Treatment

Active surveillance

Active surveillance is a way of monitoring prostate cancer which aims to avoid or delay unnecessary treatment in men with less aggressive cancer.

Prostate cancer can be slow growing and, for many men, the disease may never progress or cause any symptoms. In other words, many men with prostate cancer will never need any treatment.

Treatments for prostate cancer may cause side effects which can affect your quality of life. By monitoring the cancer with regular tests, you can avoid or delay these side effects.

Active surveillance is suitable for men with low risk early stage prostate cancer that is contained within the prostate gland (localised prostate cancer). It may also be suitable for some men with intermediate risk cancer. Your doctor or nurse will discuss whether it is an option for you.

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Contents

Watch Robin's story for one man's experience of being on active surveillance:

What is the difference between active surveillance and watchful waiting?

Watchful waiting and active surveillance are both ways of monitoring prostate cancer and avoiding immediate treatment. However, there are some differences, including:

  • who may be suitable for each approach
  • what kind of tests you will have and how often you will have them.

Active surveillance usually involves more regular hospital tests, including prostate biopsies. The aim is to treat the cancer promptly if it shows signs of changing and to try to get rid of it completely.

Watchful waiting usually involves check-ups at the GP surgery rather than at the hospital. Check-ups usually happen less often than with active surveillance. The aim is to treat the cancer if it starts causing problems or symptoms.

Read our online fact sheet for more information.

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What are the advantages and disadvantages?

Advantages

  • As there is no treatment involved, there are none of the physical side effects.
  • It does not interfere with your everyday life as much as treatment.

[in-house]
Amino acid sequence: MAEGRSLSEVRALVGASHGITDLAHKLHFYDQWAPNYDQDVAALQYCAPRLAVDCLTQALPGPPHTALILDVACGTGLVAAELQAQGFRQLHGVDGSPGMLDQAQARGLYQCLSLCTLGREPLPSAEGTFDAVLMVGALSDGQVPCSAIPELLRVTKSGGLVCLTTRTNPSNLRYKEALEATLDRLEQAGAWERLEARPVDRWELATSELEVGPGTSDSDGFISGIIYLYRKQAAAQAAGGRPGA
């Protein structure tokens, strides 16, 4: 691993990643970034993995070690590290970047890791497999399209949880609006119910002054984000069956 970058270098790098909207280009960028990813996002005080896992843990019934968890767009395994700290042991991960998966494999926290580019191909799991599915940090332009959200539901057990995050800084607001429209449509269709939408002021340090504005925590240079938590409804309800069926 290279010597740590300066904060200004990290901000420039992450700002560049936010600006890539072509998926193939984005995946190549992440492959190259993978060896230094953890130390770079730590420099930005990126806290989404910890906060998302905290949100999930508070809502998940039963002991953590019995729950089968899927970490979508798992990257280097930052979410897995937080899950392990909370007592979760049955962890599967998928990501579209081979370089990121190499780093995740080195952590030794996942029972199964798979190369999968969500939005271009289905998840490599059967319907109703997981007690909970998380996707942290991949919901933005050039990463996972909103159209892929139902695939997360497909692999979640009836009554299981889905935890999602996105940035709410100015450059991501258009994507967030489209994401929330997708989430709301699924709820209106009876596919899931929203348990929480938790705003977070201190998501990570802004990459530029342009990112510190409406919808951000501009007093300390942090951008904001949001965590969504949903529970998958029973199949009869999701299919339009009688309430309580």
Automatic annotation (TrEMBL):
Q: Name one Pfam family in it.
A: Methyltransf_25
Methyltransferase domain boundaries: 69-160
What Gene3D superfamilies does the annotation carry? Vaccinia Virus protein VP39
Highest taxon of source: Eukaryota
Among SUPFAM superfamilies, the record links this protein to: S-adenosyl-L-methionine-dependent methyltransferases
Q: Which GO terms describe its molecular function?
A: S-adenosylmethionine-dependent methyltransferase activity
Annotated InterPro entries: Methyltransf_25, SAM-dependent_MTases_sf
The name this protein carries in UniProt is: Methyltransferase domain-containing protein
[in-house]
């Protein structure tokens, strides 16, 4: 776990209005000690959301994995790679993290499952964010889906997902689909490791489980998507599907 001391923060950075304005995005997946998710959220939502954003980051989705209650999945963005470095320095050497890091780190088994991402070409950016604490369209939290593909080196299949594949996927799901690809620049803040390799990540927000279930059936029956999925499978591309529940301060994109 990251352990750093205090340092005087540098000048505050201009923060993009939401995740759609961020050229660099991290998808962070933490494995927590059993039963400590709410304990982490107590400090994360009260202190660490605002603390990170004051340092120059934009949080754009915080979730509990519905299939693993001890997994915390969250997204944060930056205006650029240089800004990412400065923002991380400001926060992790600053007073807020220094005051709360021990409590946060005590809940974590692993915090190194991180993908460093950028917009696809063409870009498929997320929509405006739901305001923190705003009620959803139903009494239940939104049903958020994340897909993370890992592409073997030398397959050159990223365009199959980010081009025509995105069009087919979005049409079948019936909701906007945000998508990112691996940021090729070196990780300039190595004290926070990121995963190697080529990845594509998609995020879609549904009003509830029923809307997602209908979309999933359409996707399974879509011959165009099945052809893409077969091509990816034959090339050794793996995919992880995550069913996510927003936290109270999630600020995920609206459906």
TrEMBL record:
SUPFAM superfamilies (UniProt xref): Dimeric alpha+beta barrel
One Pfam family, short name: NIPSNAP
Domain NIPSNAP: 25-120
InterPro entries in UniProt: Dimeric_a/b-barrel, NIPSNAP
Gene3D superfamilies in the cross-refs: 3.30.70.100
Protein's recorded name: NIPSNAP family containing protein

Disadvantages

  • You may need to have more prostate biopsies which can cause short term side effects, and which some men find uncomfortable.
  • There is a small chance that the cancer may grow more quickly than expected and become more difficult to treat.
  • Some men may become anxious or worry about their cancer changing.

What might be an advantage for one person may not be for someone else. Talk to your doctor or nurse about your own situation.

You can read our online fact sheet for more information about the advantages and disadvantages of active surveillance.

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What does active surveillance involve?

If you have active surveillance, your prostate cancer will be monitored with regular tests.

Monitoring will usually involve:

The tests aim to find any changes that suggest that the cancer is growing. Treatment can then be offered at an early stage, with the aim of getting rid of the cancer completely.

For more information on what active surveillance involves read our online fact sheet.

You can read more about the treatments for prostate cancer on our treatment choices pages.

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Are there any side effects?

As active surveillance involves no treatment there are no physical side effects. But you may need to have prostate biopsies every few years.

Having a biopsy may cause some short term side effects such as blood in your urine, faeces or semen. About 1 in 50 men (two per cent) are at risk of developing a serious infection after biopsy. You will have antibiotics before your biopsy to help prevent infection.

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Questions to ask your doctor or nurse

You may find it helpful to keep a note of any questions you have to take to your next appointment.

  • How often will I have my PSA level checked?
  • Who will check my PSA level and give me the results?
  • How often will I see my doctor or nurse?
  • How often will I have a digital rectal examination?
  • Will I need repeat prostate biopsies and how often?
  • How quickly would my PSA level have to rise for you to recommend treatment?
  • What are the risks and benefits of active surveillance for me?
  • What treatments could I have if my cancer grows?

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References

You can find a full list of references used to produce this page in our online fact sheet.

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